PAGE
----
Americans of all political persuasions want safe working conditions, clean air and unpolluted water.
But reform is clearly needed when government begins to regulate for the sake of regulating, and when doing so harms – even endangers – those citizens it’s called to protect.
For example, while the Food and Drug Administration was created to help safeguard the food supply and ensure reasonable protocols for drug safety, it too often uses its regulatory power to shield monopolizing companies from competition, which can block the path to lifesaving generic drugs.
Competition, on the other hand, reduces costs and increases access to many groundbreaking drugs and medical miracles.
It’s been just the opposite with EpiPen, a lifesaving anti-allergic reaction device, the cost of which has risen from $60 a few years ago to now $600 for a pack of two, even though the epinephrine included in the EpiPen costs less than $10 to manufacture.
This price tag forces some to ask: “Are we going to pay the mortgage or ensure our kids have this life-saving drug available should they get stung by a bee or suffer some other potentially fatal allergic reaction?”
Drastic choices like this could be avoided if regulators remained true to the fact that their agencies were created to help, not harm.
U.S. Sen. Rand Paul in a speech on the United States Senate floor recently highlighted the Clean Water Act as an example of the morphing of well-intended regulations that protect against the discharge of pollutants in navigable streams into job-killing “monsters that emerged from the toxic swamp of big-government bureaucrats at the EPA.”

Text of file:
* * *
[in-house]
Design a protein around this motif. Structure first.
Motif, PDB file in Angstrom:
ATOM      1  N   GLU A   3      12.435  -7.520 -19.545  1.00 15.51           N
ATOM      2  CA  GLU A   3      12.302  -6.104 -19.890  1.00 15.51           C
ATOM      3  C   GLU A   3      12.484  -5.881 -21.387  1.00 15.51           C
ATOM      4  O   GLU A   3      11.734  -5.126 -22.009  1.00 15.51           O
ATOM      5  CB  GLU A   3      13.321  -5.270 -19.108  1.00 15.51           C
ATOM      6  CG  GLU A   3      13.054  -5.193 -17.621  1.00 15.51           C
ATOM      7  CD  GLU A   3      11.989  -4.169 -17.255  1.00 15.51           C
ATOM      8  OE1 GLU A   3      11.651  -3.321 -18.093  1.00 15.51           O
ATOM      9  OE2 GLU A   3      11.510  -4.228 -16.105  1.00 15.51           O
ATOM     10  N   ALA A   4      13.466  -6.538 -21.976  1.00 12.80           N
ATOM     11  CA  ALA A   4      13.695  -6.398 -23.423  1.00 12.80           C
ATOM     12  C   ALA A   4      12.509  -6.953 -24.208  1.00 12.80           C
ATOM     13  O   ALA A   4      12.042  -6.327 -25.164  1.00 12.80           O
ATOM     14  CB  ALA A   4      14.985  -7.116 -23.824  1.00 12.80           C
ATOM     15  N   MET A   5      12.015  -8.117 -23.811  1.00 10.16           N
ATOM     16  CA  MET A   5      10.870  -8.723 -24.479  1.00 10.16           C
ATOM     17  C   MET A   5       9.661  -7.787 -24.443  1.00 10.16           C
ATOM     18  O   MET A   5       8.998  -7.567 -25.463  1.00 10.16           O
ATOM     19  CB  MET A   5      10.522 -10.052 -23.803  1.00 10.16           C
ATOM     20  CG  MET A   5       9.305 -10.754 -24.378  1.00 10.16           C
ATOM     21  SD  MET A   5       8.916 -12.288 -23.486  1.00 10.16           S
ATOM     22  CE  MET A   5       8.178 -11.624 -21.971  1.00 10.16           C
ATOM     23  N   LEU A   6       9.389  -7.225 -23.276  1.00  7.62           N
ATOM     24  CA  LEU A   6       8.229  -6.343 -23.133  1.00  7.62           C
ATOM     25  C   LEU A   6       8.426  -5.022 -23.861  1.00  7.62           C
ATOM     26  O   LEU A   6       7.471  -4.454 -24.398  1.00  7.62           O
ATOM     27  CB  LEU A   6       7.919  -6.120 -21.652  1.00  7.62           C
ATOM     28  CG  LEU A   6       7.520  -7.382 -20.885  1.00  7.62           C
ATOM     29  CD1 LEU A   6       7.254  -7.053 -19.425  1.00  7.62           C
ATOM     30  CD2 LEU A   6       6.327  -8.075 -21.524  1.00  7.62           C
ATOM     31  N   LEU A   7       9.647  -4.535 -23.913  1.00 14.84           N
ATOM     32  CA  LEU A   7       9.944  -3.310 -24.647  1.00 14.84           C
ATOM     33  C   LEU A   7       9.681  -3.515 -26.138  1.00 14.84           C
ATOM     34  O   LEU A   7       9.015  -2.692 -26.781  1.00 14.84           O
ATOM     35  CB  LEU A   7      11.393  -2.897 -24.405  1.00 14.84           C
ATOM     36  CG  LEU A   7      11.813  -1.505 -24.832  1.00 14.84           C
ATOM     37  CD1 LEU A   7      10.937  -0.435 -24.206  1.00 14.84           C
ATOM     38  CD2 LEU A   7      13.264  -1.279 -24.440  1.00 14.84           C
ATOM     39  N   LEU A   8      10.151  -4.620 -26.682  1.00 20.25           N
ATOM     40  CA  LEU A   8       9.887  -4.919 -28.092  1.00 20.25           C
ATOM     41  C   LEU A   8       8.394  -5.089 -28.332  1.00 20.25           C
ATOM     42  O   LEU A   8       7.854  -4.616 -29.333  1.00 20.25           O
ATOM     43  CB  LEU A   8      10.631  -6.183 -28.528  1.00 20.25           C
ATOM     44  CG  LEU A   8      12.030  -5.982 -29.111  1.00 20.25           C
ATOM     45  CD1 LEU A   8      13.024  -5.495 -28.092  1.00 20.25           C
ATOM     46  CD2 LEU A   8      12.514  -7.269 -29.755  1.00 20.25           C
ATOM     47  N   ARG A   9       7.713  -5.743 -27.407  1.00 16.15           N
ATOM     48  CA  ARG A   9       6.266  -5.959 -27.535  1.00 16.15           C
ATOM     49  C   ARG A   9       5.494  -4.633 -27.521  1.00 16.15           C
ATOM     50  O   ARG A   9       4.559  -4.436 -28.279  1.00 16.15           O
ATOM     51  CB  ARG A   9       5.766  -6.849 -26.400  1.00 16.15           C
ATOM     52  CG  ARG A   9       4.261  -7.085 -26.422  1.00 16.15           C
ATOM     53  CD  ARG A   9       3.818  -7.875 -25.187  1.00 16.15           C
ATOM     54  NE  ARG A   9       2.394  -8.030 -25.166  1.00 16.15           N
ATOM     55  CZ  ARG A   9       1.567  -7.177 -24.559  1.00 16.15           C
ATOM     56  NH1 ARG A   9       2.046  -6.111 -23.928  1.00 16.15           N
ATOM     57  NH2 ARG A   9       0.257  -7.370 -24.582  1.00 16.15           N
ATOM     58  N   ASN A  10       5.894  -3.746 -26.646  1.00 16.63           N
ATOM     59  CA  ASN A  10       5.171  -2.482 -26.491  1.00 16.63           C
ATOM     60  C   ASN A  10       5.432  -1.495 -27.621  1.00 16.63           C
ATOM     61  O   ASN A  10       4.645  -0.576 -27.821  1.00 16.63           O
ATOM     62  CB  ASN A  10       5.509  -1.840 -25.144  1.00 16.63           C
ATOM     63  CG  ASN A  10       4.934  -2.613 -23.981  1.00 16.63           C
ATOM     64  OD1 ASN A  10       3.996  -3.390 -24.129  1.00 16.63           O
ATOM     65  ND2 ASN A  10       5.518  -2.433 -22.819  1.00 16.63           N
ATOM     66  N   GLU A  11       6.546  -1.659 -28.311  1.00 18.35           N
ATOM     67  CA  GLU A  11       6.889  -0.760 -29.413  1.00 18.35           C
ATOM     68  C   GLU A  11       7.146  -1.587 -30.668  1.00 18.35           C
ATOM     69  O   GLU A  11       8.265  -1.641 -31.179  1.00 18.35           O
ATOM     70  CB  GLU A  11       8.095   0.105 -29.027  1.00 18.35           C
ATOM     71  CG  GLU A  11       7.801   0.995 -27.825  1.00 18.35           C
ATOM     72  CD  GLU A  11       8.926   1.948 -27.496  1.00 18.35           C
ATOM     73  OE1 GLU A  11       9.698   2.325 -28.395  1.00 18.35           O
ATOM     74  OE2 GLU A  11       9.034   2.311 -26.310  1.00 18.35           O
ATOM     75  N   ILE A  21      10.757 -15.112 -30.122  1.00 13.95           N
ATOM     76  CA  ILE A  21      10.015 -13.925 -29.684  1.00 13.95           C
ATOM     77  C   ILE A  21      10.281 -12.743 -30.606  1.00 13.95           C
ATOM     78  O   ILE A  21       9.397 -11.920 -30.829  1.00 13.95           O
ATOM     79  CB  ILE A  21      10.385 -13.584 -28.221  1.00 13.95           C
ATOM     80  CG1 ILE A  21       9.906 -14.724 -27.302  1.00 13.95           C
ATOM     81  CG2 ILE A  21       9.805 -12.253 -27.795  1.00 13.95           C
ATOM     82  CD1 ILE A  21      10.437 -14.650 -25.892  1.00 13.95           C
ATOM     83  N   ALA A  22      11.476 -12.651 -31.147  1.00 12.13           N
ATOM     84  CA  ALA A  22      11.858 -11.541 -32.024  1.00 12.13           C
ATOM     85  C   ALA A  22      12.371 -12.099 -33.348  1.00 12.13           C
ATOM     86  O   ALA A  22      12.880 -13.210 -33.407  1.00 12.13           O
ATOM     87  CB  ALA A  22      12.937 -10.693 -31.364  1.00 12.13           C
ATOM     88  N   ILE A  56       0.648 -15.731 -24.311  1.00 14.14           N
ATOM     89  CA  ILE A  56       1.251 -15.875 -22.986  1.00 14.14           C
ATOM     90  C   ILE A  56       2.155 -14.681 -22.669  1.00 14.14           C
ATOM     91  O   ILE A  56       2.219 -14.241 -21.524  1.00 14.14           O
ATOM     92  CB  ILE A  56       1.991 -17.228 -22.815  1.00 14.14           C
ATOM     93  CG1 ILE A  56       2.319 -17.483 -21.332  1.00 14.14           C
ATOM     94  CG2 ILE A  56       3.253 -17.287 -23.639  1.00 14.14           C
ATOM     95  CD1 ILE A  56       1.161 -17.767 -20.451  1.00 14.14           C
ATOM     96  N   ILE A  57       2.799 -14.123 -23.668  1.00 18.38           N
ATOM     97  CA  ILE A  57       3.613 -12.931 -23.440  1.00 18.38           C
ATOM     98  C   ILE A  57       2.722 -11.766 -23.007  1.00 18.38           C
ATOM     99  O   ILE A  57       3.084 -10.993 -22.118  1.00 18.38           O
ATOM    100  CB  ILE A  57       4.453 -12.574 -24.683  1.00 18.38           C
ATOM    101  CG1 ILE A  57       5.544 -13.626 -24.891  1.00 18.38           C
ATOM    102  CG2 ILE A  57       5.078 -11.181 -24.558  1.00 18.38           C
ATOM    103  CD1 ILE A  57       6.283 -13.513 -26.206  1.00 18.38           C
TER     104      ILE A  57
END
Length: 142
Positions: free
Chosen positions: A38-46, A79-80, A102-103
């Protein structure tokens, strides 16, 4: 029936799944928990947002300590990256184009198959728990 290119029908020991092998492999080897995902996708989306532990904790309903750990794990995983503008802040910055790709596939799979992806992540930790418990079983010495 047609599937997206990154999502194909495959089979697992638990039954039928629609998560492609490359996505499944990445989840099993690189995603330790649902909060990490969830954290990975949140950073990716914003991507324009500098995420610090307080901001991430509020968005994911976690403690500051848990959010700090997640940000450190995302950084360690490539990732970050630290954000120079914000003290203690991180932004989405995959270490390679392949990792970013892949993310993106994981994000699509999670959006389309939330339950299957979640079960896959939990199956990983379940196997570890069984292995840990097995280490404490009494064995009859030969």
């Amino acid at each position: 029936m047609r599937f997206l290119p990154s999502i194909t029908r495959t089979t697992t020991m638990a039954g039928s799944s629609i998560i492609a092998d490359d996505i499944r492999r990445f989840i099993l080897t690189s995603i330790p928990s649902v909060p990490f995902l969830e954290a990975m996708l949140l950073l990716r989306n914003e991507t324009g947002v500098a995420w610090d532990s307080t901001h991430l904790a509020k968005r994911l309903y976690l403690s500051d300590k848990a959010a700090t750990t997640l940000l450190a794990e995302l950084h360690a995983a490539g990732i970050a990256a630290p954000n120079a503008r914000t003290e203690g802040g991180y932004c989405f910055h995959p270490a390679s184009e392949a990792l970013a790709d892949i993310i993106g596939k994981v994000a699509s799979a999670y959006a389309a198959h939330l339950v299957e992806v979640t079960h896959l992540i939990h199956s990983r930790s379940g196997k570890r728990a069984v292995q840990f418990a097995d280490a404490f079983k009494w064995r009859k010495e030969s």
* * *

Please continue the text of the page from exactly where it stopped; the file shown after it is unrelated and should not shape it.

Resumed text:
Paul pummeled courts and regulators who “came to decide that dirt was a pollutant and your backyard just might have nexus to a puddle which has a nexus to a ditch which was frequented by a migratory bird that might have flown from the ditch to the Great Lakes. Ergo, the EPA can now jail you for putting dirt on your own land.”
Such morphing is helped along by the lack of serious, consistent reevaluation of well-intentioned rules that originally served useful purposes but now are enforced only because they remain on the books.
Former Indiana Gov. Mitch Daniels, whose Reaganesque reforms led to a dramatic economic turnaround in the Hoosier State, required proposals for new regulations to demonstrate favorable benefit-to-cost ratios and sunset provisions allowing reevaluation of their continuing usefulness every few years.
Daniels also demanded agencies search for an existing rule that could be updated before creating a new rule.
This approach could be helpful in Kentucky, where more than 3,500 of the 4,700 regulations in the regulatory code have never been reviewed.
Still, it’s rare for regulations – like taxes – to actually go away.
Instead, they swell to the point where the Competitive Enterprise Institute estimates it now costs each American household $15,000 annually just to comply with federal regulations.
Plus, state regulatory codes too often emulate Washington by mutating into ugly opponents of individual liberty and economic growth.
According to the Mercatus Center at George Mason University, while the U.S. Code of Federal Regulations grew from 71,000 pages in 1975 to 178,000 pages in 2015, the Kentucky Administrative Regulations Service (KARS), as it’s known, grew by a whopping 250 percent in the last four decades – from just four volumes in 1975 to currently 14 books.
The commonwealth’s regulatory code has become so large that it takes 367 hours – reading 40 hours a week at a rate of 300 words per minute for nine weeks – just to read it.
Large, increasingly complicated regulatory codes make it difficult for businesses and citizens to comply, which ultimately defeats any positive purpose of regulation by reducing compliance and incentives to improve safety while increasing uncertainty and frustration.